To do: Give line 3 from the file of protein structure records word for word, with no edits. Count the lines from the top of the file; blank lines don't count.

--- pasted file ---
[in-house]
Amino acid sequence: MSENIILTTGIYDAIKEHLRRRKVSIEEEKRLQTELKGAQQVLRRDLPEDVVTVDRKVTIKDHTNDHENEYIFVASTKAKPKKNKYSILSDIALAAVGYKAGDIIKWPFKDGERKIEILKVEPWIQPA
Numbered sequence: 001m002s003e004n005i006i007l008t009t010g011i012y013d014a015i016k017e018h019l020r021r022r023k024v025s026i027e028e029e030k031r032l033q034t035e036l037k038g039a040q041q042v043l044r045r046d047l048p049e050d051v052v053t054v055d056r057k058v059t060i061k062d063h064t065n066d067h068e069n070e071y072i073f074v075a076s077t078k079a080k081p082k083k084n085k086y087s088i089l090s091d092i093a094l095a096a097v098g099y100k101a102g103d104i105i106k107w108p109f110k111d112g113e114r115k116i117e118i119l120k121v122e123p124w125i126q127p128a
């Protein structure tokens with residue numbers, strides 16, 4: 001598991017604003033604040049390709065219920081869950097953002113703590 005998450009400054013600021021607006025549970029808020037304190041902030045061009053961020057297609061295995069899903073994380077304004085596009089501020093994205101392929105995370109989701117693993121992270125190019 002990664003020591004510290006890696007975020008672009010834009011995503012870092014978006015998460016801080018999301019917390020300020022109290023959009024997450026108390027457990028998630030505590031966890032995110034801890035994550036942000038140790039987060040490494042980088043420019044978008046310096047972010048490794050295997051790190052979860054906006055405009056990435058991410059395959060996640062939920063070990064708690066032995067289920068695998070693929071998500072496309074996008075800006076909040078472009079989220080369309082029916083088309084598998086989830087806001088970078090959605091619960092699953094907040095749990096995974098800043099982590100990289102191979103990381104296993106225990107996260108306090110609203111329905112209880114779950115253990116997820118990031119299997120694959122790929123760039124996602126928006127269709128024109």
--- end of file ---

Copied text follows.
Numbered sequence: 001m002s003e004n005i006i007l008t009t010g011i012y013d014a015i016k017e018h019l020r021r022r023k024v025s026i027e028e029e030k031r032l033q034t035e036l037k038g039a040q041q042v043l044r045r046d047l048p049e050d051v052v053t054v055d056r057k058v059t060i061k062d063h064t065n066d067h068e069n070e071y072i073f074v075a076s077t078k079a080k081p082k083k084n085k086y087s088i089l090s091d092i093a094l095a096a097v098g099y100k101a102g103d104i105i106k107w108p109f110k111d112g113e114r115k116i117e118i119l120k121v122e123p124w125i126q127p128a